You might, at this point, be able to bring out a graphic like the one here, of percentile ranking. Notice how different slices of the curve have percentages of the population associated with them: for instance, between the lines labeled "0" and "+1σ," it shows that 34.13% of people fall within that part of the curve. In your room-height comparison, that probably means something like 1/3 of the people in the room are between, say, 5'7" and 5'11". Looking at that percentile chart and where the +1σ mark is located, you could say that 5'11" is the 84.1th percentile of height in your group. That is, ~84% of people in your group are probably 5'11" or shorter.

It may be that no particular person in your group actually is 5'11"; but this may still be a helpful way of thinking about your group heights--for instance, if you wanted to hang pictures on your meeting room walls and wanted to know what was a reasonable eye level. Or if you wanted to stock the shelves of the closet where you keep your office supplies, it might be helpful to know that a majority of the people can only reach so far. The actual average height of your group may be a number which might not reflect the percentages of people inside it, but the percentile (as opposed to just plain percent) tries to use the number as a signpost showing percentages of the population above or below it. That's one of the reasons why it's frequently used for test scores--people who score in the "99th percentile" have done better than the vast majority of their peers. A school might target students who score in the, say, 25th percentile for extra tutoring. A score in the 25th percentile might be a 77% on the test--it's all about the distribution compared to one's peers.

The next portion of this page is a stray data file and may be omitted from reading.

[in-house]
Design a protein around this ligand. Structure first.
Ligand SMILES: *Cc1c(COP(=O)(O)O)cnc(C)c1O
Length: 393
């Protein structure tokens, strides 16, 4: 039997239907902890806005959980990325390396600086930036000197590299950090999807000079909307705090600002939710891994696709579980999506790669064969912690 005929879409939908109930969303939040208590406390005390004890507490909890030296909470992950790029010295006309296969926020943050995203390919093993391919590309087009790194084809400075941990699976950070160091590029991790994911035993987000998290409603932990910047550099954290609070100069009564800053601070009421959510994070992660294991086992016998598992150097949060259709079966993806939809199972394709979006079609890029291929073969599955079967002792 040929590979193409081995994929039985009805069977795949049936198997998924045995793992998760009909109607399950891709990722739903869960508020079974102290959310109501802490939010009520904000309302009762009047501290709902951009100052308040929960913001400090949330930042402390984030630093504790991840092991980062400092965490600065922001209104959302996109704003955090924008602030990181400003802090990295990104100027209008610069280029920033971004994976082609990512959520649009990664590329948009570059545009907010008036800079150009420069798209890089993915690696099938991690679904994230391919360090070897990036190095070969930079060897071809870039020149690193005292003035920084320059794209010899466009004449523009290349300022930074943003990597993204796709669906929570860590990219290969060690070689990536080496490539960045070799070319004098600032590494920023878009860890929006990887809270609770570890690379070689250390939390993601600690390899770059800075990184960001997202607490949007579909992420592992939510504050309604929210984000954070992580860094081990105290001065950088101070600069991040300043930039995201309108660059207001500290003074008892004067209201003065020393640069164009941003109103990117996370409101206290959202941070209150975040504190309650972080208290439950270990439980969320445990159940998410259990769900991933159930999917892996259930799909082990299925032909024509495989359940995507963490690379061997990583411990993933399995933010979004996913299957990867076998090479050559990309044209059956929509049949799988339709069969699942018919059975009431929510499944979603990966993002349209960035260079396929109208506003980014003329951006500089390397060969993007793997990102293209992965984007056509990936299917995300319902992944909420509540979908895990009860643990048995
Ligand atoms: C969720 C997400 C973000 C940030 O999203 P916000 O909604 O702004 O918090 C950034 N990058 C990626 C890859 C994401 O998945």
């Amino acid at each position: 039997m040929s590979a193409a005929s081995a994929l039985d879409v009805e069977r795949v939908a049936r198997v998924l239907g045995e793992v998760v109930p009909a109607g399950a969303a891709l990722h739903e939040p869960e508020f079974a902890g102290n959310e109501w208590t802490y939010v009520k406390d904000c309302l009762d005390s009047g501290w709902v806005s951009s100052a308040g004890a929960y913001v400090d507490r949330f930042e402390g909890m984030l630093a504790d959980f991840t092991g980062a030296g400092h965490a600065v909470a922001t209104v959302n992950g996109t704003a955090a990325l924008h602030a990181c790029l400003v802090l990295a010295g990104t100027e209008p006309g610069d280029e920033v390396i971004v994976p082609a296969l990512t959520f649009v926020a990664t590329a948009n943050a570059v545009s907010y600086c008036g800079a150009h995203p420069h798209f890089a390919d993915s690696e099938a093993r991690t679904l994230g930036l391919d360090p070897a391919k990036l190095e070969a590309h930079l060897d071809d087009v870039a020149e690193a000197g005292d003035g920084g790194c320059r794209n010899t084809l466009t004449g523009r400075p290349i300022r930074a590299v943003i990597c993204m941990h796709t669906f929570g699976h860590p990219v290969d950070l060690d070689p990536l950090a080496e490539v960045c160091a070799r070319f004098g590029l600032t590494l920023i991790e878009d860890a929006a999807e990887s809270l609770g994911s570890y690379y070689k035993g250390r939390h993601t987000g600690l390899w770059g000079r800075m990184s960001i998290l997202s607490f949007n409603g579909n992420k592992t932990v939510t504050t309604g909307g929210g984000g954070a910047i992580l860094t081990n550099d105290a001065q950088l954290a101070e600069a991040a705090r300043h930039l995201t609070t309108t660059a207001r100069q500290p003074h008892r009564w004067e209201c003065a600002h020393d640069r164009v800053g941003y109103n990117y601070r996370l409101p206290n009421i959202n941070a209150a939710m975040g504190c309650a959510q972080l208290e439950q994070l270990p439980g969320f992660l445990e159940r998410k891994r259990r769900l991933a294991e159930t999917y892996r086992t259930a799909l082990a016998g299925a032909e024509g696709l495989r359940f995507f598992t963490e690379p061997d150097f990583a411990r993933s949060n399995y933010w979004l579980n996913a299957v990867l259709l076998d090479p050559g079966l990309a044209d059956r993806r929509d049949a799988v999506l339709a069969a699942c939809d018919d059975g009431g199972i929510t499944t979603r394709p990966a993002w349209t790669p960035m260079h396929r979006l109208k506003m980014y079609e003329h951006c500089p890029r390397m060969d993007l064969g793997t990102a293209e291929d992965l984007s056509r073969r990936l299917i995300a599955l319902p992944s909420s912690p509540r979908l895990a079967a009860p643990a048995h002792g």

While I was typing and thinking, I think your question got pretty adequately and succinctly answered. "85th percentile speed is in excess of the signed speed limit by 5 mph or more." I believe that means that if your speed limit was 45 mph in one location, and you were to take 100 measurements of the speeds of people who went by, 85% of them would be traveling at 50 mph or slower. If somewhere else had the limit of 25 mph and 85% of people in that area travel at 32 mph or slower; and somewhere else has a limit of 55 mph and 85% of people in that area travel at 65 mph or slower, then I might describe the conglomerate of the speed measurements in your area using the sentence you quoted.

I know my explanation is not perfect (people who know better should let me know where there may be flaws), but maybe it can help.
posted by spelunkingplato at 11:53 AM on November 26, 2014

Reading back over my explanation, I think I started off the second paragraph talking about the "average"/arithmetic mean (add all the heights up, divide by the number of people) when I should have been talking about the median (take all the measurements, line them up from lowest to highest, pick the one in the middle), or "50th percentile." The arithmetic mean gives you a number which better represents the spread between extreme highest and extreme lowest, and the median gives you a number which better represents the actual way the data is weighted or distributed.